Prospects & Presumptions: The Ebook

Ladies & Gents,

My 2014 novella Prospects & Presumptions is now available as an ebook. You can buy it through Amazon here.

As a special treat I’ve decided to publish an excerpt on this blog. Enjoy!

Part I: Northing Cottage

It is generally considered rude to wake people with bad news. However, like most unpleasant things, bad news usually has unpleasant timing. That is why Mr Porter came to Northing Cottage that night. He dismounted, wiped the rain from his brow and knocked on the door. Northing was a small house that could, with a great deal of cramming and good manners, lodge five people at most, and so it often did. This particular evening, however, it housed only three.

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Slash

You sigh. You roll your eyes. “Hasn’t Frenzied frickin’ Fangirl written enough about slash by now?” you ask. Maybe I have. But this time Slash is the title of a film I’ve just seen, and I’m here to tell all y’all that it rocks. As always, I have a few critical notes, but they’re not many.

So here’s the gist: Neil, the protagonist of Slash, writes slash for the fictional fandom of Vanguard. When his composition notebook is stolen (this is why we never take our attempts at writing erotica with us to school, children!) he accidentally befriends Julia, also a slash writer. Sidenote to people that know me IRL: There is a Julia in this film who writes gay fanfic, wears lots of t-shirts with cats on them and is an avid feminist. Sound familiar? I thought so. Julia encourages Neil to put his fic online, and when he does it soon becomes so successful that Neil is asked to do a reading at Comic Con. Then some other stuff happens that I won’t tell you for the sake of spoilers.

What I loved about this film: it’s about fandom, and more specifically: fanfic. It beautifully portrays the tensions within fandom that arise when old school fans are confronted with newcomers. Its full of in-jokes from RPF to curtain fic. It’s super open and honest about non-hetero sexual orientations.

What I didn’t love so much: Why is the protagonist a white guy? (SPOILER ALERT: Continue reading

The Elephant In The Room Or: The End Of Writer’s Block

Just over a week ago I blogged a complaint to my Muse: she had deserted me. Writer’s block had set in and I WAS NOT WRITING. It was a nightmare. Almost as soon as I published the post, a solution presented itself. A short story of mine got shortlisted for the Fantastic Story Competition organized by Dutch Comic Con. Voting ends March 12th. VOTE NOW!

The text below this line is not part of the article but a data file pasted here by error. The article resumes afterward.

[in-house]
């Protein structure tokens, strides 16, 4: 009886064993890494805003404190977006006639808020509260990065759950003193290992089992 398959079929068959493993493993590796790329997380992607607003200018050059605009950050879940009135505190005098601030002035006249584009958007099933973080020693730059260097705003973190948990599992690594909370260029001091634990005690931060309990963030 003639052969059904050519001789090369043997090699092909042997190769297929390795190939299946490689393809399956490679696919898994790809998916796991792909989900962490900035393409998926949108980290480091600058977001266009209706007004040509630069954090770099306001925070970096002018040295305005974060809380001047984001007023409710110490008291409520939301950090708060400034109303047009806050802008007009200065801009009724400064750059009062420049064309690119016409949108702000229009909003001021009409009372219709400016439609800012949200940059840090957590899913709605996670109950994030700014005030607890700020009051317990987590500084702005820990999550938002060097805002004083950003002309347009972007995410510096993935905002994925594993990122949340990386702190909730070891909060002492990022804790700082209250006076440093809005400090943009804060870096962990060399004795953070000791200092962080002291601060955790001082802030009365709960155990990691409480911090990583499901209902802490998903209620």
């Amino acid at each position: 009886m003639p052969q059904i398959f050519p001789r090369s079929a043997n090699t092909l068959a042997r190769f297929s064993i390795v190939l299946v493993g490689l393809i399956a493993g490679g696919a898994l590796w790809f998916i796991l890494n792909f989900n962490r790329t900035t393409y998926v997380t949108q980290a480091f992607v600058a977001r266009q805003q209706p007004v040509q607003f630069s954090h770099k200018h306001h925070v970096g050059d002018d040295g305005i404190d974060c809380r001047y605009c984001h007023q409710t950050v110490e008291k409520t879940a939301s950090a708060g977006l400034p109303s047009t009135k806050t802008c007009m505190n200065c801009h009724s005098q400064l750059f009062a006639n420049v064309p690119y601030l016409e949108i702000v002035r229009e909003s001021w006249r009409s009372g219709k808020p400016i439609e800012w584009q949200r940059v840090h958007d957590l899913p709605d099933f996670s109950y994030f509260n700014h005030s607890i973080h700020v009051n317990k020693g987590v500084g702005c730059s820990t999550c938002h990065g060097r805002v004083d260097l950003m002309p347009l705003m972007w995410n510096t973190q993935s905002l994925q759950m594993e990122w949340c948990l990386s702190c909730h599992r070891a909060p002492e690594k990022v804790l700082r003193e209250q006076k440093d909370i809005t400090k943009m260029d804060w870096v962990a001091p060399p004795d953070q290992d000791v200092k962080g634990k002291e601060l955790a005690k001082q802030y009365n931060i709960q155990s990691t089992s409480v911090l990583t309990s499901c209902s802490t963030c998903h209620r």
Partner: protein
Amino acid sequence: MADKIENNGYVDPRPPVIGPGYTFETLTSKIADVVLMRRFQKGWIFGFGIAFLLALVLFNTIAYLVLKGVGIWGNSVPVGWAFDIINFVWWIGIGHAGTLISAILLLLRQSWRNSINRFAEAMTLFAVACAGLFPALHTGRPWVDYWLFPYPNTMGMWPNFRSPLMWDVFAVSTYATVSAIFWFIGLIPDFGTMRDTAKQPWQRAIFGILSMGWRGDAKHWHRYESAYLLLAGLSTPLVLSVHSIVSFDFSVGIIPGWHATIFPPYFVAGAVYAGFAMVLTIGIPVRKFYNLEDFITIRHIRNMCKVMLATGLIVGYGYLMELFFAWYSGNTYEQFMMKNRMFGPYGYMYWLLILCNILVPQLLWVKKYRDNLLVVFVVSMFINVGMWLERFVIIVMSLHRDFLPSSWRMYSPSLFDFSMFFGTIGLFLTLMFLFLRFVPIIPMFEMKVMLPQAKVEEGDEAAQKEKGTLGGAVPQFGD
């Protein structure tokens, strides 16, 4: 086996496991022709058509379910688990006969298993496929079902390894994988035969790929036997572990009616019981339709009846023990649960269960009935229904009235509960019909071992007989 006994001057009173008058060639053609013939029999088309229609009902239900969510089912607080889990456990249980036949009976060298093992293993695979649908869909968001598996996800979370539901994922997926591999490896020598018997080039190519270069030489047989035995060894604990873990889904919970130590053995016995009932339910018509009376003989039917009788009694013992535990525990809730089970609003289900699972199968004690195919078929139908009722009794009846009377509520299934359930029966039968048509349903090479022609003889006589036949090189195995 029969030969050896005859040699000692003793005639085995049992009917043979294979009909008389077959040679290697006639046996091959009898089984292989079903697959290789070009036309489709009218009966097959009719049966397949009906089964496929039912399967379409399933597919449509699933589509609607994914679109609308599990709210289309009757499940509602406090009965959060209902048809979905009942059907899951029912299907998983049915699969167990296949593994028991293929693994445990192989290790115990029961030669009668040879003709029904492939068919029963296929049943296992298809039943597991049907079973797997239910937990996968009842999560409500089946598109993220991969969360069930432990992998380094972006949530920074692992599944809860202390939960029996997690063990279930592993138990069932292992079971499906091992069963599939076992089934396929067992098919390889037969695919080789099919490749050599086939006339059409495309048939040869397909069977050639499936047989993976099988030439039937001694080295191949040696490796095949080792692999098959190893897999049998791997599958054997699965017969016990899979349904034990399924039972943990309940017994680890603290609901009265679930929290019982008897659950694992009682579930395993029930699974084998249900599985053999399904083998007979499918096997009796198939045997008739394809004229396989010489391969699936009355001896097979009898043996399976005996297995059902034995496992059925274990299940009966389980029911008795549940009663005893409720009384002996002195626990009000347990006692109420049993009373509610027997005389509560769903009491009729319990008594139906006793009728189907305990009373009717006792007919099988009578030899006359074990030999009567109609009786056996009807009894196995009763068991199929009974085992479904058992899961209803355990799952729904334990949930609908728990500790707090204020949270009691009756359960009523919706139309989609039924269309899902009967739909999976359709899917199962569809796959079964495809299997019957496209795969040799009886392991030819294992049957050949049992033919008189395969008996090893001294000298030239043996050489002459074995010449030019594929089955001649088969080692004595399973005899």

I was surprised by the effect this seemingly insignificant event had on my creativity. I felt validated, I felt wanted, I felt cool. Simultaneously, I felt like a bit of an idiot. It’s a little  childish to only write when you get positive feedback on your work, and then, when you feel as though you’re not getting enough positive feedback, to just…quit.

I want to be a writer. I mean to say: I want to make writing into a career. I want to be a person who makes a living by writing stuff. That doesn’t just mean blogging on topics I feel passionate about on moments I feel passionate about them. Sometimes it means just sitting down to do the work, which is why I’m pledging to do at least one blogpost a week from now on. Wish me luck.

There are, however, two sides to every problem, and sometimes there’s an infinite number of sides. Continue reading

An Evening With Hanya Yanagihara

Last Wednesday, the 5th of October, I had the extraordinary pleasure of attending an evening with Hanya Yanagihara organized by the John Adams Institute. Some of you might remember that Yanagihara released her second novel, A Little Life, in 2015. Fewer of you know how much that novel means to me, but that’s what this blog post will explain.

I should probably have included A Little Life in my post on Books That Helped Me Through Depression, because it definitely did. The reason I didn’t is somewhat complicated. While it is true that A Little Life gives an uncompromising view of mental illness that our society needs more of. I have seen too many teenagers on Tumblr romanticizing mental illness.  But A Little Life is also a book that toes the line of melodrama and edges towards too much.

That’s not a bad thing, at least for me. Depression is too much. Depression is melodramatic. The problem with A Little Life is that some of its content is explicit enough to trigger people. Now, I really don’t think we should be putting trigger warnings on novels and neither does Yanagihara. I think we should be putting trigger warnings on pretty much everything else, but in a novel the reader agrees to let the writer pull them into their world. This can and should involve challenging the reader’s world view. If you’re easily triggered by the topic of self-harm, you should probably stay away from this book. That doesn’t mean the author has to.

 

But I’ve gotten ahead of myself. What, you ask, is this book about? Why is it so incredibly great that you can’t shut up about it, Julia? A Little Life starts out as the coming-of-age of four close college friends in New York attempting to make something of themselves. But all is not as it seems. Although the book initially has a rich ensemble of characters, focus gradually shifts towards Jude, who, it turns out, has had an incredibly traumatic childhood. His three closest friends try to help him battle his demons. We, as readers, try to uncover the mysteries of his past, even as we shudder to think what they might be. Continue reading